"We are igniting a people who are often overlooked, ignored, and haven't been served for decades," says Jordan, who believes she can woo people who normally vote for GOP candidates. "These lands, they deserve representation. Republicans want what I want, they want independence. They want to be left alone. They want to live upon these lands with freedom. They don't want overregulation and the government controlling every aspect of their lives. They want the support they need."
Democrats listen for wake-up call
Democrats across the country like Joe Trippi are taking note of Jordan's rural-focused campaign.
Trippi is a veteran of presidential races and was the chief media strategist on the Doug Jones campaign, which caused a massive upset in the Alabama Senate contest last December. Trump had won that state by 28 points but Jones beat out Republican Roy Moore, as the latter faced accusations by several women of pursuing relationships with them when they were teenagers, and in some cases, of molestation and sexual assault. Moore repeatedly denied all the allegations.
Trump won Idaho by an even greater margin of 32 points and while no major scandal is hovering over the gubernatorial candidates as there was with the Senate race in Alabama, Trippi contends "it is possible" for Jordan to win by stitching together a coalition of voters, even in bright red Trump country.
"Her running the way she has, in defense of rural Idaho and defending it against the elites in Washington, has been a message that could prove very successful," says Trippi.
"Does she win? Does she do significantly better than previous Democrats in Idaho? If so, that would be a wake-up call and we'll all be thinking differently about how best to reach out to voters we haven't been able to carry before. There were a whole lot of people who thought we couldn't do it in Alabama. We did."
Hunting for votes
Jordan's progressive positions have grabbed the attention of Andrew Miller, a married father of two girls who lives in Boise. He voted for Trump in 2016, hoping he would shake up politics, and wants more change from another outsider. This is the kind of conservative or independent voter Jordan needs if she is to cause the upset her supporters want. Miller says he will vote for Jordan because he sees the GOP candidate, current Lt. Gov. Little, as too entrenched in the state's political structure.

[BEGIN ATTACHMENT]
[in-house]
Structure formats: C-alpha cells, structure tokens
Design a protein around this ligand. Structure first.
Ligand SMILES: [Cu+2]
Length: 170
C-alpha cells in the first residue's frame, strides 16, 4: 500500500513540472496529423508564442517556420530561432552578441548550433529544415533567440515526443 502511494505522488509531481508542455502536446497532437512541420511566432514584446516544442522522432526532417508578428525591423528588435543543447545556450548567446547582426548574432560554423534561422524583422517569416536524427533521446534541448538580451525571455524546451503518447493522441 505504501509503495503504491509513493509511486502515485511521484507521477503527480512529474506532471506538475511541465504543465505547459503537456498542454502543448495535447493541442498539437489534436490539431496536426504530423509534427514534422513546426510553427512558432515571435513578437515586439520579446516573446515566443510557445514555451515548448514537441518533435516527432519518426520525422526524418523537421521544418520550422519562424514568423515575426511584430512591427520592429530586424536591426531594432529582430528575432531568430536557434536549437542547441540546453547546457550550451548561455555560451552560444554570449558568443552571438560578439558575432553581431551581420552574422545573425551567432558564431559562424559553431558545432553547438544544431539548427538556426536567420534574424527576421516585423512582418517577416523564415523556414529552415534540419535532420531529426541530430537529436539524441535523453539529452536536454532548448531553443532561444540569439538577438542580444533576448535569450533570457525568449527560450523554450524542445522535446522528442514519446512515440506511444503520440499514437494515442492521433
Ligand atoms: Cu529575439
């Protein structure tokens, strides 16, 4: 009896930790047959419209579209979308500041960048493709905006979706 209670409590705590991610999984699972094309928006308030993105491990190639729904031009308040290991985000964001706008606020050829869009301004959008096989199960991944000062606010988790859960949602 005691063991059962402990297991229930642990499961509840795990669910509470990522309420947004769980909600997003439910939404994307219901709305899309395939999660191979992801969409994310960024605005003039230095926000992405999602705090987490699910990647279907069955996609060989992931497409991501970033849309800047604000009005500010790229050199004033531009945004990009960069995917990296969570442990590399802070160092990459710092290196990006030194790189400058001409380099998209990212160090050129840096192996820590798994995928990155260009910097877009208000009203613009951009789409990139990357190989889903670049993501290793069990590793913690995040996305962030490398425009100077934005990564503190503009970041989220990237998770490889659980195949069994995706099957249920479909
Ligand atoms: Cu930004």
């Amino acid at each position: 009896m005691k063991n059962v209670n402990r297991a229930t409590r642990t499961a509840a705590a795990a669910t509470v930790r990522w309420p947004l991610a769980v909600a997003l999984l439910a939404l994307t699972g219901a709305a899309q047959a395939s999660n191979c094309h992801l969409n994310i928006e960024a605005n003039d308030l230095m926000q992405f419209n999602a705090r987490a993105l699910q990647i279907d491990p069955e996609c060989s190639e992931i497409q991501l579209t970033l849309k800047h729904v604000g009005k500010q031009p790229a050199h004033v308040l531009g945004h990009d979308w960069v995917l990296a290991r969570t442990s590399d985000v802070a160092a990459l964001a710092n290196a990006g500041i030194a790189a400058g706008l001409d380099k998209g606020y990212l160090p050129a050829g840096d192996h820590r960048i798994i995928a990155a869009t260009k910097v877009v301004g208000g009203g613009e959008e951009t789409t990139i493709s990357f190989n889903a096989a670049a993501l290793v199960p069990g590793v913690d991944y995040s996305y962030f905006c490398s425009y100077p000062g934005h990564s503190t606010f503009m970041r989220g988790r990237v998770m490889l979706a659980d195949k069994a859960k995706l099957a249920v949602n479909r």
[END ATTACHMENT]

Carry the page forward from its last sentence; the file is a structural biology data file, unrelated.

"I just think she has a better pedigree and background to support and protect our public lands," says Miller. "I think she'll support folks like us who want to keep public lands open and available and maybe not so much in the back pockets of other people who might want to influence her."
Miller paused, then added admiringly, "I think she has a pretty good shot with a rifle, too."
But for every Andrew Miller, there's a Rick Zogg. A resident of Canyon County, a conservative stronghold, Zogg couldn't recall the name of the Democrat running for governor. He wasn't concerned about learning Jordan's name because he, like many he knows, always votes Republican.
"Politically, I think it's very conservative here, with a big farming community," says Zogg, who moved to Idaho because he felt his native state of California was simply too liberal for him. "Everybody that runs around here on (the) Democrat side seems to be just, very, very to the left."
The Rick Zoggs of Idaho are why Jonathan Parker, chairman of the Idaho Republican Party, says, "I think we're in a good position," though he adds they are not being complacent. Parker notes Jordan has energized the Democratic base, drawing so many supporters in Idaho's primary that some precincts ran out of ballots.
"We're paying very close attention to Paulette. We're not taking her lightly. She's getting a lot of national attention, something that candidates in Idaho aren't used to getting," says Parker.
Brad Little's campaign declined to speak to CNN for this story.
Longtime Idaho political columnist Chuck Malloy describes the lieutenant governor as someone who "doesn't inspire people with a stump speech. But I don't think that Idahoans want flashy."
Malloy calls Jordan bright, young and inspirational, but likely unable to pull together enough voters to win in this deeply Republican state, even with a rural message. "I don't see that kind of sea change. Where is she going to get her votes?" says Malloy. "Until proven otherwise, Idaho is a Republican state."
Jordan bucks the naysayers and believes in this political time, when Democratic voters are hungry for change and Republicans are tired of the fighting in Washington, she will win. "The people have been fooled for far too long. Now they're waking up. It's our responsibility to get to them."